Leaving Kea Chora Without A Bus

I have bought my ferry ticket. So now I will not be able to go to Agia Anna unless I get there before 6 a.m. tomorrow. Somehow I do not think I will see Agia Anna (at least from close quarters) this trip. The ferry ticket (not computerised) cost 1570 dr. There is no bus. The ticket seller said I should turn up at six in the morning for a taxi to the harbour. How many people? How many taxis? I am glad I am not going by the last possible boat to meet a friend in Athens!

I looked at the ticket conditions. "The passenger must be aboard the ship 30 minutes prior to departure. If travelling with a vehicle, passengers must board 2 hours prior to departure (and within time limit which has been determined by Port Regulations)."

I hardly expect passengers to be let on board at 6.30 let alone cars!

The ship chap seemed impressed at my Greek. My few words were appropriate. Lavrio avrio sounds poetical.

Proina - I thought was breakfast - is morning as well. "Mipos echete leoforio?" "Ochi. Taxis."

"Ti ora?"


Didn't I do well?

Not that I would like to rely on a taxi turning up on spec. if I had a plane to catch…..

6 a.m. I left my room as the sun was tantalisingly close to rising. Two taxis parked in square. No driver in sight. No other passengers in sight.

Now 6.05. When it gets to half past, I will start to worry. Everywhere shut. One chap walked past laden with large plastic bottles. Two other workmen walked past. Another chap with bags, and a woman (the nice Greek couple who later went on the bus as me to Athens).

Just noticed "no entry" sign at outside of tunnel - yet how much traffic goes through!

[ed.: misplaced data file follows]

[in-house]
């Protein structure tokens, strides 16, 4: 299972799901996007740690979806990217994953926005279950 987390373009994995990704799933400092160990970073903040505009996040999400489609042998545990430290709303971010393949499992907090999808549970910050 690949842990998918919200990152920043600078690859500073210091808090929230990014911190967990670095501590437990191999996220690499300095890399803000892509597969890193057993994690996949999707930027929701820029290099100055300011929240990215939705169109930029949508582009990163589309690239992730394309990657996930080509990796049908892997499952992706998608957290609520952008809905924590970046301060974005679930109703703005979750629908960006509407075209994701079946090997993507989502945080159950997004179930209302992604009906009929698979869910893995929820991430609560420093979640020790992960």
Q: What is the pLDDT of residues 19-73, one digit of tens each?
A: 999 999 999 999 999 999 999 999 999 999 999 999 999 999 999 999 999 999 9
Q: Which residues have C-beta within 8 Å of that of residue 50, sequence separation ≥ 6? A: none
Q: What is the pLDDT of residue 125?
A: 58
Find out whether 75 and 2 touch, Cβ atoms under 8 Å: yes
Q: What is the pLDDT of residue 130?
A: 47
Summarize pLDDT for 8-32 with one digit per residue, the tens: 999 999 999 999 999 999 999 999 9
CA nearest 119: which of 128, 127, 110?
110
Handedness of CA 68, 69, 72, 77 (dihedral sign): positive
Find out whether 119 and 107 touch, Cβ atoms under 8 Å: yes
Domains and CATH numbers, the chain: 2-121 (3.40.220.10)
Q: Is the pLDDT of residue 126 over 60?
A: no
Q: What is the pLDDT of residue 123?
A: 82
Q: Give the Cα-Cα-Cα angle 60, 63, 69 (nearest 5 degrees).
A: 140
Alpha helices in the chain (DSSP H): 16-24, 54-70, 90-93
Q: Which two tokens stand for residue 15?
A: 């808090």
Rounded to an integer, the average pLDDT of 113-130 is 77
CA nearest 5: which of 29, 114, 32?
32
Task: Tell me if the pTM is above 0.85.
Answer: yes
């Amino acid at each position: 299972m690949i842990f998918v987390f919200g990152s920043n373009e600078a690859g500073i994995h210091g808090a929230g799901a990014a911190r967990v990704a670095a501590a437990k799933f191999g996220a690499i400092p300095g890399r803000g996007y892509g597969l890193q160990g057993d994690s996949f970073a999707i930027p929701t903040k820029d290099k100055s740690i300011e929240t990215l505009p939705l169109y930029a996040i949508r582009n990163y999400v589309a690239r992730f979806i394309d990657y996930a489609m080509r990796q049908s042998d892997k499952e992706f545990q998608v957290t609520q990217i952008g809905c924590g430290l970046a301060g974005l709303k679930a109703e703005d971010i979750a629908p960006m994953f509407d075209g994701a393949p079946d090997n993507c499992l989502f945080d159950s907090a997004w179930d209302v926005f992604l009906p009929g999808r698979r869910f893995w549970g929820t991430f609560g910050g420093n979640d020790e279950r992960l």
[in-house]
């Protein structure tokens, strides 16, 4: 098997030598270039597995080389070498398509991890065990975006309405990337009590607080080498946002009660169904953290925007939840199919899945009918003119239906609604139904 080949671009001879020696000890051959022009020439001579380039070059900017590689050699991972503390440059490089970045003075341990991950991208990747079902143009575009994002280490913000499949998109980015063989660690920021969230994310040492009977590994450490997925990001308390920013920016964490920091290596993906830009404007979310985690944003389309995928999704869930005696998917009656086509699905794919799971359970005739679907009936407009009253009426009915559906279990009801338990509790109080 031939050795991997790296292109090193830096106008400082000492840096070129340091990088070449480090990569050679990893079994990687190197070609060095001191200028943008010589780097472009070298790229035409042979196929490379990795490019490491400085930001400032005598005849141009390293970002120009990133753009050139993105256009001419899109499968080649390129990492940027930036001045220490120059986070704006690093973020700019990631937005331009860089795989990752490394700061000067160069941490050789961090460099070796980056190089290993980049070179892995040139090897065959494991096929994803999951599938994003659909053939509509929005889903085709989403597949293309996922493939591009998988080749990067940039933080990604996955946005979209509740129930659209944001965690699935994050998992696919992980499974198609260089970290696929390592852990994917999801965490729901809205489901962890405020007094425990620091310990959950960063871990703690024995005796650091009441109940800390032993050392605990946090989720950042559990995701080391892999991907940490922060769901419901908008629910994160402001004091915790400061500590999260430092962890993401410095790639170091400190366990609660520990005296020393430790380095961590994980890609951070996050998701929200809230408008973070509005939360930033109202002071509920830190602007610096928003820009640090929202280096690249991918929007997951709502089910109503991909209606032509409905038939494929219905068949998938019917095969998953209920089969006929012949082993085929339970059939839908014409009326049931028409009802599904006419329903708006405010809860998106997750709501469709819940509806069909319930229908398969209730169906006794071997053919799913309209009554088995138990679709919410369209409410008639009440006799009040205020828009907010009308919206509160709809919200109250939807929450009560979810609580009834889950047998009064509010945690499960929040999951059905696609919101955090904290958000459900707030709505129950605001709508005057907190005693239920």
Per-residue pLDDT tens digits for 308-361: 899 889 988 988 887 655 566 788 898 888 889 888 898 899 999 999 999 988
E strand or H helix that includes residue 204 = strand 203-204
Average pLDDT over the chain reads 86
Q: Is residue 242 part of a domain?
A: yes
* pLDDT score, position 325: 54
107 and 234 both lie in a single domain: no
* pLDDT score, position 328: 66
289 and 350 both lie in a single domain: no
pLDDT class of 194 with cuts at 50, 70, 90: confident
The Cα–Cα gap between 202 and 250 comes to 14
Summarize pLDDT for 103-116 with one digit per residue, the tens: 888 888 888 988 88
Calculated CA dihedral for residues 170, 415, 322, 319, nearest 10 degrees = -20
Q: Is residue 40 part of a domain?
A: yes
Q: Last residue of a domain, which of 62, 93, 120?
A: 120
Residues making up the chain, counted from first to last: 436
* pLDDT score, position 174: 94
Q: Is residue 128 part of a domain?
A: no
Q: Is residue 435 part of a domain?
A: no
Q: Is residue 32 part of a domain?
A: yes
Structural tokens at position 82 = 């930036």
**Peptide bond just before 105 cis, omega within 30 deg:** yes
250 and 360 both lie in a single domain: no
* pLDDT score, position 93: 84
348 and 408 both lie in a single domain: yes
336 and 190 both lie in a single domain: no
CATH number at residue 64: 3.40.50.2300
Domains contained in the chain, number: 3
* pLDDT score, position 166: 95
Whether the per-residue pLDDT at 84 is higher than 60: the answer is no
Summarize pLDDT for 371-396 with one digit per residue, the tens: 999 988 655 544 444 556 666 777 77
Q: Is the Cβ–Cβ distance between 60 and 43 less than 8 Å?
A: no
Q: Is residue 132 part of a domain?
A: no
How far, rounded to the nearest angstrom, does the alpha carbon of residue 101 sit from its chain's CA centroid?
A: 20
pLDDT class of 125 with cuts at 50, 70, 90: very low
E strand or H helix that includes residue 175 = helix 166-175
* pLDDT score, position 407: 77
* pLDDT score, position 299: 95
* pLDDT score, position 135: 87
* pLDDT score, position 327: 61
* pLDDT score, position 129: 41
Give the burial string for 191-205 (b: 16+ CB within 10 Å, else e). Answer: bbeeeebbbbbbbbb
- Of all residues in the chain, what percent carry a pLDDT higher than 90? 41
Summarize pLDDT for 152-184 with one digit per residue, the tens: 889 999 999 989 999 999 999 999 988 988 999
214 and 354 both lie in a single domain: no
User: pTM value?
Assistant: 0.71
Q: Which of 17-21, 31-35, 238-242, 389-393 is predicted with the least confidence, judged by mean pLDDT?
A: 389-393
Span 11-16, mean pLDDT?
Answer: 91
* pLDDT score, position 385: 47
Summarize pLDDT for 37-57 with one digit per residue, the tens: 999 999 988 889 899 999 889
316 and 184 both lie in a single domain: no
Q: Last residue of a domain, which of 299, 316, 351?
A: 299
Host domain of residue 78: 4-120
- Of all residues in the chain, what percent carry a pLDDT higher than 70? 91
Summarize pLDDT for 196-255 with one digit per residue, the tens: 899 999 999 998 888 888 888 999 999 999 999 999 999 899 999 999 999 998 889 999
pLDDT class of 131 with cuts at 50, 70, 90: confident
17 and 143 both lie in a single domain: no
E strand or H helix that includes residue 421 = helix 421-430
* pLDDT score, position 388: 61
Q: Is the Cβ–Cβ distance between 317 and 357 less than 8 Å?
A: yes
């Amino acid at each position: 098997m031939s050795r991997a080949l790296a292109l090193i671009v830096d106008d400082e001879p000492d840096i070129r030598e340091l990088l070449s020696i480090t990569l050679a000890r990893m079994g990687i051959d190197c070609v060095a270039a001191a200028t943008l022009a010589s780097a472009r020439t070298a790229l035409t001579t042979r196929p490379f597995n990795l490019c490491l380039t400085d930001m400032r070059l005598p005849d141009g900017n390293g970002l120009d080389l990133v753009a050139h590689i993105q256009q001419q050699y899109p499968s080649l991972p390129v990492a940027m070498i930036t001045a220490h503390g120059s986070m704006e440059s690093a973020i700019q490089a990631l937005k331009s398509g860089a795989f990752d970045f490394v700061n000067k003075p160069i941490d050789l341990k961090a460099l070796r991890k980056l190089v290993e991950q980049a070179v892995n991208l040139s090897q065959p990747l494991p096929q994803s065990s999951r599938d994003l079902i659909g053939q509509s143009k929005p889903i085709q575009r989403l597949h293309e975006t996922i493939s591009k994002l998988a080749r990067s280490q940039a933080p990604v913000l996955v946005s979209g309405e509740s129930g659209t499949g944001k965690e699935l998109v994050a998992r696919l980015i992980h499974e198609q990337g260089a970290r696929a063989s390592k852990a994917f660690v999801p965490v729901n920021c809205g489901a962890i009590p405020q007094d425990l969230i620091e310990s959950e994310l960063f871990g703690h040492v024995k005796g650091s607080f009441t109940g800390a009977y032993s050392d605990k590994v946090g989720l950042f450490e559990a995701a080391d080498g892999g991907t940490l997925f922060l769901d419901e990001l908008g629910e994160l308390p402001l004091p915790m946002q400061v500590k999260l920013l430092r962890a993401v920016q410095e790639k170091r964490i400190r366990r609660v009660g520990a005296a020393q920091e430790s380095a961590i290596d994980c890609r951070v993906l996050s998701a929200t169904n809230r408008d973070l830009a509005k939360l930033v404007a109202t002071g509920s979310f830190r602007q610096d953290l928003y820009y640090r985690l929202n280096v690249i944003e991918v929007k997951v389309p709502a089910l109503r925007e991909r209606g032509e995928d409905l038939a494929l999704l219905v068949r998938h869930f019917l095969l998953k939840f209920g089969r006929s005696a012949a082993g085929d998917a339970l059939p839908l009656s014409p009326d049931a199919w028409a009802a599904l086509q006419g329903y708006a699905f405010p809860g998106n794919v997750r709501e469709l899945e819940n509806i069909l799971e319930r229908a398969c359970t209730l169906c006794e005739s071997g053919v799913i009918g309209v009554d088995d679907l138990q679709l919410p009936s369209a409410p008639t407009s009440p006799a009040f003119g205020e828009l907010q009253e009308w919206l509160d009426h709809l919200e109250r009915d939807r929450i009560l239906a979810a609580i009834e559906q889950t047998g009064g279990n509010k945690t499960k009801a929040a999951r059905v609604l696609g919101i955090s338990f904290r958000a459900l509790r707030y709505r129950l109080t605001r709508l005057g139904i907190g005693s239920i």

6.15. Three passengers. Where is the taxi driver?

A hobbled donkey arrives - masterless. How long is it since the donkey was the regular means of transport between Ioulis and the port? Perhaps the donkey is to carry any passenger that will not fit into the taxi?

At about half past six a taxi flew into the square. Only one seat was left. The boot was full. The driver threw my rucksack onto the roof rack. There were no fastenings. The driver must have seen my aghast expression, and gestured that the bag would be OK. . I jumped in and put the smaller bag on my knee. All the way down my heart was in my mouth (have I got the anatomical details right there?) At each bend, I expected to hear a thud as my rucksack flew off. How ever would I get it back if it fell down the steep hillside? At the harbour, the taxi flew up the ramp onto the ferry. My rucksack survived the journey OK, but to this day bears the scars of its arrival on the ferry. Before I could stop him, the driver flung my rucksack onto a large oil drum. I picked it up, and I too was covered in oil. On the deck, I liberally sprinkled talcum powder onto all the oily patches. My navy clothing was patched with talc. I then dashed into the loo to look at the damage to me. A new permutation in loo oddities on the Mirina Express. The frame of the cubicle (or could it have been the door) was so distorted that the door would not close into the frame. Not quite as clean close to as appeared from distance, but I have seen far worse ship's loos. Smelt clean because of the abundance of air fresheners hung up. I took my T-shirt off. A small patch of oil but not too bad - I found my 'best' T-shirt has a large hole - and I cannot blame that on the taxi driver. More likely a Greek bush. Looked in mirror - no oil on face. I must have been too self-conscious - thinking that people were staring at me.